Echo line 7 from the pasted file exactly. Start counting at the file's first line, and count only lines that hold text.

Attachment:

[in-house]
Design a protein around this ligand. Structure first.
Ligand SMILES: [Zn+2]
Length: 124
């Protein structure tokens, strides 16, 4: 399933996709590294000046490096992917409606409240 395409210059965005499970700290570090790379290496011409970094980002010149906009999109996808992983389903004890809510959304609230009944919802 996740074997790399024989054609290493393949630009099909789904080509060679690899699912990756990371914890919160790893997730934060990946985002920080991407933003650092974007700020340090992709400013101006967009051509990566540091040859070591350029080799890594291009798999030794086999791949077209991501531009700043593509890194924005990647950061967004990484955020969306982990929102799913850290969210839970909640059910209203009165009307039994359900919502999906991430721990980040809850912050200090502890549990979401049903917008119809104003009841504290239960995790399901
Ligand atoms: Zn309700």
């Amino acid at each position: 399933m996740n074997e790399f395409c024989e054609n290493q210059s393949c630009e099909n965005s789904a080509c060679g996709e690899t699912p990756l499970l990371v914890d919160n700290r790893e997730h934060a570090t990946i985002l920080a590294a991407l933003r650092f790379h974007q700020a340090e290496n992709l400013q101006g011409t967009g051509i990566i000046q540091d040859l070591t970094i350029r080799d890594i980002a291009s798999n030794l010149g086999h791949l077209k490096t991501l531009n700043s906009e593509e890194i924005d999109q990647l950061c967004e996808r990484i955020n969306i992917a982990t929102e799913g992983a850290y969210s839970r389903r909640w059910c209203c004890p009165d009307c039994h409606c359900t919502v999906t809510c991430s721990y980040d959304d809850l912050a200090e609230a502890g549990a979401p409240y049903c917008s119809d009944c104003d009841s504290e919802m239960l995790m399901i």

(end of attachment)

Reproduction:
């Amino acid at each position: 399933m996740n074997e790399f395409c024989e054609n290493q210059s393949c630009e099909n965005s789904a080509c060679g996709e690899t699912p990756l499970l990371v914890d919160n700290r790893e997730h934060a570090t990946i985002l920080a590294a991407l933003r650092f790379h974007q700020a340090e290496n992709l400013q101006g011409t967009g051509i990566i000046q540091d040859l070591t970094i350029r080799d890594i980002a291009s798999n030794l010149g086999h791949l077209k490096t991501l531009n700043s906009e593509e890194i924005d999109q990647l950061c967004e996808r990484i955020n969306i992917a982990t929102e799913g992983a850290y969210s839970r389903r909640w059910c209203c004890p009165d009307c039994h409606c359900t919502v999906t809510c991430s721990y980040d959304d809850l912050a200090e609230a502890g549990a979401p409240y049903c917008s119809d009944c104003d009841s504290e919802m239960l995790m399901i």